It's been a busy time in quantum computing: IBM announced its biggest quantum computer so far, and Google reportedly has cracked a problem with its quantum computer faster than a conventional computer could. Now D-Wave, a rival with a different approach to the technology, has announced that nuclear weapons research site Los Alamos National Laboratory (LANL) is the first customer for its next-generation machine.
Quantum computers are a totally different breed of machine than the classical computers that power everything from your smartphone to Amazon's vast e-commerce operation. Quantum computers rely on the weird physics of the very small to perform calculations classical machines can't solve -- at least in principle. So far, the technology is very, very experimental.
If all goes as planned, though, quantum computers could open up new computing territory even as engineers struggle to wring more performance out of conventional machines.
Researchers at Google, IBM, Microsoft, Intel and Rigetti Computing are focusing on building universal quantum computers -- machines that can tackle any computing problem. D-Wave, though, has a different approach called annealing that's limited to a much narrower range of problems. For example, annealers can't tackle the most famous quantum computing party trick, the ability to crack today's encryption technology.
To be fair, universal quantum computers can't yet, either, because they don't have enough qubits -- the fundamental unit of quantum computing data storage and processing. And those qubits aren't stable enough, despite the fact that quantum computers run only a hair's breadth away from absolute zero, the coldest possible temperature. There's work afoot to pave over that instability with error correction technology, but that requires more qubits, so it's not an easy fix.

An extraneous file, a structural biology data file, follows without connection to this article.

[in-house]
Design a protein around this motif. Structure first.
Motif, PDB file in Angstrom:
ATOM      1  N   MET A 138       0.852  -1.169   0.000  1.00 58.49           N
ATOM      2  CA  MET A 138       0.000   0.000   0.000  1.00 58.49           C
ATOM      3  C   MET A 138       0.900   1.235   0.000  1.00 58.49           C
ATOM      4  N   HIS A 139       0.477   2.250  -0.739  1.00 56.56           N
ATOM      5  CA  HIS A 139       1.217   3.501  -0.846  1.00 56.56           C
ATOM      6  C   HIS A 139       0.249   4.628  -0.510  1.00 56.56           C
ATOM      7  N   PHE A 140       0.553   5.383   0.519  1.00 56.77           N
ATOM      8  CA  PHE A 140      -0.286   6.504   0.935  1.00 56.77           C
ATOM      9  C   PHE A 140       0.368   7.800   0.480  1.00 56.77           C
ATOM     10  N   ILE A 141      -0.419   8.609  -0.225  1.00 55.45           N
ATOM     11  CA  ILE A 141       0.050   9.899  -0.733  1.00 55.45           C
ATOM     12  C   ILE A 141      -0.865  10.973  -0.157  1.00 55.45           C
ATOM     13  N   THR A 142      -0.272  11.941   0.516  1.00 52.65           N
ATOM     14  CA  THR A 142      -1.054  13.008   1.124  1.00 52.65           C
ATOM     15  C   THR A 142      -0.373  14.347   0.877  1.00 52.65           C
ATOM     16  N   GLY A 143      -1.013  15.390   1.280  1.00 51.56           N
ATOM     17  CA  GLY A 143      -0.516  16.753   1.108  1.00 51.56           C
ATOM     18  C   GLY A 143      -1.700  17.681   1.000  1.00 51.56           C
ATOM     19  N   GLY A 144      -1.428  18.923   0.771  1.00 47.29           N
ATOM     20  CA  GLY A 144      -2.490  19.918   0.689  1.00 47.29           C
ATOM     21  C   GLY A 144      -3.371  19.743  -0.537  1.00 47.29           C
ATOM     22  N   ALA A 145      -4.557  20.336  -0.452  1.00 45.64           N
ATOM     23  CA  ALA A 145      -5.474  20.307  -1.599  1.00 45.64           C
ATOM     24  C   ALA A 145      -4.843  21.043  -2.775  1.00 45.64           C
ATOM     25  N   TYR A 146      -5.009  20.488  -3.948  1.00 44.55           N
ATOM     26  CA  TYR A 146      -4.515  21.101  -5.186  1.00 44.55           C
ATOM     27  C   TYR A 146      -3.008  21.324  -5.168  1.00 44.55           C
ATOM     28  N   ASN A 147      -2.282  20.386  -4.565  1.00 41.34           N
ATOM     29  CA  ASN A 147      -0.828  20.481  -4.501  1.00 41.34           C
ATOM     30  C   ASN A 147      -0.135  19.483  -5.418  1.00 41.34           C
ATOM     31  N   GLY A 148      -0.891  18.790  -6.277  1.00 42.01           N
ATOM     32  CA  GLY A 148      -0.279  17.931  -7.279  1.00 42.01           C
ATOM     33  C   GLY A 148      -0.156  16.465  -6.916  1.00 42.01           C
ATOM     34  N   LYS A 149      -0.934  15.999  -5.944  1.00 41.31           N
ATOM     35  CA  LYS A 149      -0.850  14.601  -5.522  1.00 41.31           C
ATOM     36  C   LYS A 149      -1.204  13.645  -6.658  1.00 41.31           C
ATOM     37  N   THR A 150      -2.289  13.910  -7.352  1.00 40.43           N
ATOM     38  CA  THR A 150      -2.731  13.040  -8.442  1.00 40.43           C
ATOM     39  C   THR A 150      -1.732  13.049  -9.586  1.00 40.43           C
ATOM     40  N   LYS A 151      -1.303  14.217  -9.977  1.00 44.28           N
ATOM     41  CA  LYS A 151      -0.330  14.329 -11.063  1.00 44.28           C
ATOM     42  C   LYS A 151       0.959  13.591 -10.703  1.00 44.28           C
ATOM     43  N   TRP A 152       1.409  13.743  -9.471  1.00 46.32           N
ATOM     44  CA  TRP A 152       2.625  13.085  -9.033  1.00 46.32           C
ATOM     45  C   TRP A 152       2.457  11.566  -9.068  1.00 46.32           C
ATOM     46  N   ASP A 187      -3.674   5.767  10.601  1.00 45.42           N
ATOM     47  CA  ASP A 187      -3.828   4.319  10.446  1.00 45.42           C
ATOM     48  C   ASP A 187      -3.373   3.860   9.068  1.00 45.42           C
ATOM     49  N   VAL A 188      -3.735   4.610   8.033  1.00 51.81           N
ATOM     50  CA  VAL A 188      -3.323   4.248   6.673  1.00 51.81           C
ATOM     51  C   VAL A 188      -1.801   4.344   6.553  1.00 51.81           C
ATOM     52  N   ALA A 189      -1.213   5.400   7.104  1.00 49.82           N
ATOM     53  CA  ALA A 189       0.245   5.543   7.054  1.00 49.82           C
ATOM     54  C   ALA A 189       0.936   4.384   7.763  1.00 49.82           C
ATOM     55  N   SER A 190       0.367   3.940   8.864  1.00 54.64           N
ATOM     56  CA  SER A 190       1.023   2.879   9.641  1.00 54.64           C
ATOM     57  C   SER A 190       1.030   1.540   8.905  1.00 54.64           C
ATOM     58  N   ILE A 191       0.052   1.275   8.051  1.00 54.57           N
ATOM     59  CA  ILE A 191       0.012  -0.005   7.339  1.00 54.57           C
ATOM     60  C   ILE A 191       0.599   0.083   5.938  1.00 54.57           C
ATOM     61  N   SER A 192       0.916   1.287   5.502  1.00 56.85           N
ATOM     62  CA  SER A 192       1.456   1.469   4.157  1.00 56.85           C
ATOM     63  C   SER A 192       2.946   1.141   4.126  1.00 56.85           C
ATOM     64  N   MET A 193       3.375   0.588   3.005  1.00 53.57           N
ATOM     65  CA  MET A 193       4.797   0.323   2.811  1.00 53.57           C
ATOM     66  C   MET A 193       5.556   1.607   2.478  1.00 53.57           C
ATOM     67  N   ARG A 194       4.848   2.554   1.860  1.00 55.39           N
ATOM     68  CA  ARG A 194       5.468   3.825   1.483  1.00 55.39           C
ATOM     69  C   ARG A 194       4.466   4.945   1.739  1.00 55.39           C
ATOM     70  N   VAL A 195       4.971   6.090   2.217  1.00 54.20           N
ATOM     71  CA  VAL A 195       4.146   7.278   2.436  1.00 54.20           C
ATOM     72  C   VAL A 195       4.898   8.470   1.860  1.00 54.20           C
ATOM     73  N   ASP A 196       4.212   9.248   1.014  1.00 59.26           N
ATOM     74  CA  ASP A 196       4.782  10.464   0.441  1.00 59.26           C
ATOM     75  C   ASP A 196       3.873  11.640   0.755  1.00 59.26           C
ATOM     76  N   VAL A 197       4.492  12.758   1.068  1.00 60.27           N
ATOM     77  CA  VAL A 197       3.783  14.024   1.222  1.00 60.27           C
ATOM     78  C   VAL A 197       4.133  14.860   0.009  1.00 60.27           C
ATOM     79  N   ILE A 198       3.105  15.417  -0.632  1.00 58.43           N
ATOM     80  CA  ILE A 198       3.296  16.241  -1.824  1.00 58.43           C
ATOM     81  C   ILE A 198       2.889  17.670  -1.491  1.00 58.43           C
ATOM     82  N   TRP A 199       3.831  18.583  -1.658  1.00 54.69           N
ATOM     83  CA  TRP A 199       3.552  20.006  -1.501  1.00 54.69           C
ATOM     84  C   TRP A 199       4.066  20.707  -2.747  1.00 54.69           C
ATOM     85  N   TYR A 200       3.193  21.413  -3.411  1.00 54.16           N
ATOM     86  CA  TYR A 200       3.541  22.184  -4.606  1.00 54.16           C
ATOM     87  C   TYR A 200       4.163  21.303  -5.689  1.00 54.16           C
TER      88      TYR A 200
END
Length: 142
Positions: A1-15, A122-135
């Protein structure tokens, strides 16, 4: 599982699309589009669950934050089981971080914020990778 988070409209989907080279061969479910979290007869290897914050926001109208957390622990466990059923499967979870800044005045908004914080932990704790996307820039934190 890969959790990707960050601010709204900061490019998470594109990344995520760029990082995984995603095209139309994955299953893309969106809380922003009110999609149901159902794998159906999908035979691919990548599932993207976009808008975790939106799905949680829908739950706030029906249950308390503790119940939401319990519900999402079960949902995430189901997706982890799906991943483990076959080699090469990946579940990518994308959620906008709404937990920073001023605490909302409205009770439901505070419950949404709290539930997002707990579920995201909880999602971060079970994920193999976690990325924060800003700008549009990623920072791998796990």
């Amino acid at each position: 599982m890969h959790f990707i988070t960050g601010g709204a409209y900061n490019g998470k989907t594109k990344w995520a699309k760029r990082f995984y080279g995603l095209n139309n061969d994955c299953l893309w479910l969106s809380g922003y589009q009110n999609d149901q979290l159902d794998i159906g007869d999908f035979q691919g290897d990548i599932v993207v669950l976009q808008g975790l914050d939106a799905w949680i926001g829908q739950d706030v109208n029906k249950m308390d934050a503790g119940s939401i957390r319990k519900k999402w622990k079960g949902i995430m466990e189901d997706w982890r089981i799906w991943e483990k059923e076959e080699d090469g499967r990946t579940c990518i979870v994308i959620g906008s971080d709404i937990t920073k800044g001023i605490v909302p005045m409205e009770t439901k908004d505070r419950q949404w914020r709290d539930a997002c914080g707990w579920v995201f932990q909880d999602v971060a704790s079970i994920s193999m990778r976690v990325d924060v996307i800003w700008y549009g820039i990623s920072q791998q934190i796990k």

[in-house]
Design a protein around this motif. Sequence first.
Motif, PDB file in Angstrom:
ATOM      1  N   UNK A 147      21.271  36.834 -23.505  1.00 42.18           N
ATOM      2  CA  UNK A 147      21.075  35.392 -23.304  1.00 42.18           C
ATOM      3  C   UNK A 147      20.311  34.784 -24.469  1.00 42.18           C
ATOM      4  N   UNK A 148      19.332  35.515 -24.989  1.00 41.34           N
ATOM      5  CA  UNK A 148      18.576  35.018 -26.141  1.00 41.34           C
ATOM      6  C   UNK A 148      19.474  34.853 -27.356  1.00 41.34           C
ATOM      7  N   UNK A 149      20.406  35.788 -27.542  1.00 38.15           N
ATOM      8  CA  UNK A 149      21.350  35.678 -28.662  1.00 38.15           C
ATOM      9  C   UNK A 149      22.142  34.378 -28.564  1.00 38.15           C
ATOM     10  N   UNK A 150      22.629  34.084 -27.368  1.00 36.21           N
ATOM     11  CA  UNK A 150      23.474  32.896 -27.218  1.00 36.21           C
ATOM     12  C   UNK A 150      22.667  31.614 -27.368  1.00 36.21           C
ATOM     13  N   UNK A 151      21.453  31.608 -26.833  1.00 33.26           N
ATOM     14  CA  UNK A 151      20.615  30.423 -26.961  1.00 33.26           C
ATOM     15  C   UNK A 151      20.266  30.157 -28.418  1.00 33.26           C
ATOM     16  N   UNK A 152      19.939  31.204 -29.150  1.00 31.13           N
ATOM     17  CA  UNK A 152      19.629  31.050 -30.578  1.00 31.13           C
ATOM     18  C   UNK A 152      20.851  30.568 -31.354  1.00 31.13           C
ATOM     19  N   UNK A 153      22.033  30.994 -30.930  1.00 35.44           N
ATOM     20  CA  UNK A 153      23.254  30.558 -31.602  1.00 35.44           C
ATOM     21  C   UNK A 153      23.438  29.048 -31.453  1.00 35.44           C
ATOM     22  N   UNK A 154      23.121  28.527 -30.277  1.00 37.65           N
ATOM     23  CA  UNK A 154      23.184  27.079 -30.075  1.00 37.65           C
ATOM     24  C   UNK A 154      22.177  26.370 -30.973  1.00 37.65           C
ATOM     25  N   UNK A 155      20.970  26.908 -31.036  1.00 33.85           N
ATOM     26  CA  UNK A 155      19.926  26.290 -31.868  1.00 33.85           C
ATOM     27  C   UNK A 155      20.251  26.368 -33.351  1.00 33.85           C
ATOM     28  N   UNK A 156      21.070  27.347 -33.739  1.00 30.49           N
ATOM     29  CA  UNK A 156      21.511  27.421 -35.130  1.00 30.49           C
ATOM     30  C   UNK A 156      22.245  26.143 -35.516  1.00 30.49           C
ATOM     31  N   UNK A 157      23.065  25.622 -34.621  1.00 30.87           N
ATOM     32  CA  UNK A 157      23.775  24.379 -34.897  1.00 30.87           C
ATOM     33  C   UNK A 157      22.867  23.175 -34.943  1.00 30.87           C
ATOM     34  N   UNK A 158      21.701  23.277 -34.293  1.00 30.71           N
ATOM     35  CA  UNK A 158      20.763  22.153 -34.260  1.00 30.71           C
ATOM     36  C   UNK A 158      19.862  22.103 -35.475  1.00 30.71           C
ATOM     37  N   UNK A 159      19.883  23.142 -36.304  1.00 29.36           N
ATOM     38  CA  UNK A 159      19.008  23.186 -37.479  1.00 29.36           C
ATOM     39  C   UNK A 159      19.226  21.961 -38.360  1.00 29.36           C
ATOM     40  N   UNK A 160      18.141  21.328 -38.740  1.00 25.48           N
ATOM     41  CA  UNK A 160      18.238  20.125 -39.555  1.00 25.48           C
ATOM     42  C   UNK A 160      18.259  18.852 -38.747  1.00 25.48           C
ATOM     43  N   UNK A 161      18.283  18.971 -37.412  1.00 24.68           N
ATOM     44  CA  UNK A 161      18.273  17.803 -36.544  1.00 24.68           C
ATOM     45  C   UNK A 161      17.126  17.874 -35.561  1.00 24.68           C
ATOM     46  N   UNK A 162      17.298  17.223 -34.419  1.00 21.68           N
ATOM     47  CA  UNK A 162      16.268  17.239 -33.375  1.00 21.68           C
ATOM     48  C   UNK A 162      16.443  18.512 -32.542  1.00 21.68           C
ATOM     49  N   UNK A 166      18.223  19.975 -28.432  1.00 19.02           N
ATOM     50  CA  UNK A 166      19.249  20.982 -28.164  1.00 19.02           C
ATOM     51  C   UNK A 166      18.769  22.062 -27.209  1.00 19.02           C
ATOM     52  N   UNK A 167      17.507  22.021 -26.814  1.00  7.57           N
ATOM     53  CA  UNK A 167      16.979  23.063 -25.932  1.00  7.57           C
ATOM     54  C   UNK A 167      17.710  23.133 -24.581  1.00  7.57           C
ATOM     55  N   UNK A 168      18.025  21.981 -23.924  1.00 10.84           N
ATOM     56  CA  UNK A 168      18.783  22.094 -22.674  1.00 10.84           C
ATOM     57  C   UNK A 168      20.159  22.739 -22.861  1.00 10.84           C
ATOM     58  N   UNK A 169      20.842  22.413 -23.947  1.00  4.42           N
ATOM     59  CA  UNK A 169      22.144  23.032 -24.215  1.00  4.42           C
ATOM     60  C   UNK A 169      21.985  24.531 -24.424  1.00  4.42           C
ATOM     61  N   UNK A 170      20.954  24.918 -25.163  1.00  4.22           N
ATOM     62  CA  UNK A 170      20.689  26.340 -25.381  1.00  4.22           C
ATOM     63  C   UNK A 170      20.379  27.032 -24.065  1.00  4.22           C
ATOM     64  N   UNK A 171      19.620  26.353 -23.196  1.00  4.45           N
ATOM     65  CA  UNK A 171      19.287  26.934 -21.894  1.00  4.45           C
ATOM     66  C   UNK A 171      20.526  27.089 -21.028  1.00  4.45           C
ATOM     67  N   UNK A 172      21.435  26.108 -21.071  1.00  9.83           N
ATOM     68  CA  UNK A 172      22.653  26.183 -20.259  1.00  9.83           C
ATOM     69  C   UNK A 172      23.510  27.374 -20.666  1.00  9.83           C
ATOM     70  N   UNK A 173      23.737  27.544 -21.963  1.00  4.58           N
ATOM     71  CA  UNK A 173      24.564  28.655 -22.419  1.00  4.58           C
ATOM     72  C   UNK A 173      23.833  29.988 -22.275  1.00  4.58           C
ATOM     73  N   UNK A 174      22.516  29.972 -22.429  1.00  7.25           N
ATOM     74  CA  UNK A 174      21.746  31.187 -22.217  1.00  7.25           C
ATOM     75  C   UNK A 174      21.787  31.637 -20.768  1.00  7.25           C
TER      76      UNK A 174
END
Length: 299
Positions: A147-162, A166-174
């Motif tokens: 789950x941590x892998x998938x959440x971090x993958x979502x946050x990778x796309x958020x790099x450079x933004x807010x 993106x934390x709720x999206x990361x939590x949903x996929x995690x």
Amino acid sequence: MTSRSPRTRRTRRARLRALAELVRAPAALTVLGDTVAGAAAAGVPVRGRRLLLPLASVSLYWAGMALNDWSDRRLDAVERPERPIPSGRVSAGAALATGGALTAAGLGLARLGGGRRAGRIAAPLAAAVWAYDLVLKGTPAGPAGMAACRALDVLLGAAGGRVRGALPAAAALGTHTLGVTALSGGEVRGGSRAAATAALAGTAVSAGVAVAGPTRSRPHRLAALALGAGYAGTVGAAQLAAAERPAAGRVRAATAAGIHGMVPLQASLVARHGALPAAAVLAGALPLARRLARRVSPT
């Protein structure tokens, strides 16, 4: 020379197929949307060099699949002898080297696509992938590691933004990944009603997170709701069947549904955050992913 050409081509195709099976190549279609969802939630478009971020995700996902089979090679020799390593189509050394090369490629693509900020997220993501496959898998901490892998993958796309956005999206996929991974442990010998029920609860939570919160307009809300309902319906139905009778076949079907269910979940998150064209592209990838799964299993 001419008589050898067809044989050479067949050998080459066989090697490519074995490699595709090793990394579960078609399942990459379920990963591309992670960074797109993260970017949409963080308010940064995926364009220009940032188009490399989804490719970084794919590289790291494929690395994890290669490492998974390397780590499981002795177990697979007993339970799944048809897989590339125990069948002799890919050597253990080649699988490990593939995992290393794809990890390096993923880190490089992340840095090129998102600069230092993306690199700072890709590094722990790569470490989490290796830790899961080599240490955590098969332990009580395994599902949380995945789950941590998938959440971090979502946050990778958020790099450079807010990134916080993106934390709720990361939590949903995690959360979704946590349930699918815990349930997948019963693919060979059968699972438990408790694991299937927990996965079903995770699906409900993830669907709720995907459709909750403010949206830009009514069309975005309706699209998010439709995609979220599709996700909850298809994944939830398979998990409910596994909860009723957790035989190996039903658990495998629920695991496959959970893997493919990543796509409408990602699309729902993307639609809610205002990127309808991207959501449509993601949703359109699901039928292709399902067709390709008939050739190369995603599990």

Toward universal quantum computing
Everybody, of course, is racing to improve their designs to get to a useful, universal quantum computer.
"We believe we'll get to universal before they get to error correction," said Alan Baratz, D-Wave's chief product officer, in an interview earlier this year.
Naturally, IBM thinks its starting point is better.
"I'm not a believer in the annealing approach," Dario Gil, director of IBM Research, said in an August interview. Specifically, he's not convinced that an annealer would be able to outperform a well-designed classical computer.
IBM's newest Q quantum computer has 53 qubits, and Google's Bristlecone quantum computing chip has 72 qubits. D-Wave is up to 2,000 qubits today, but because its annealing approach is different, you shouldn't compare those numbers.
What you can compare is D-Wave's own qubit increase. Next year's Advantage line, the model LANL is buying, will reach 5,000 qubits. Plus they're interconnected in a cleverer way to squeeze more performance out of the machine, D-Wave said.
But D-Wave has convinced some that its approach is useful -- including LANL, which already uses a D-Wave machine that it'll upgrade next year.
"This is the third time we will have upgraded our D-Wave system. Each upgrade has enabled new research into developing quantum algorithms and new tools in support of Los Alamos' national security mission," said Irene Qualters, LANL's associate director for simulation and computation, in a statement. "Quantum computing is a critical area of research for Los Alamos."
Another customer is financial services company CogniFrame, D-Wave said.
The company believes its machines are useful for a variety of other tasks besides algorithm development and financial modeling, though. On its list are airline scheduling, election modeling, quantum chemistry simulation, car design and shipping optimization.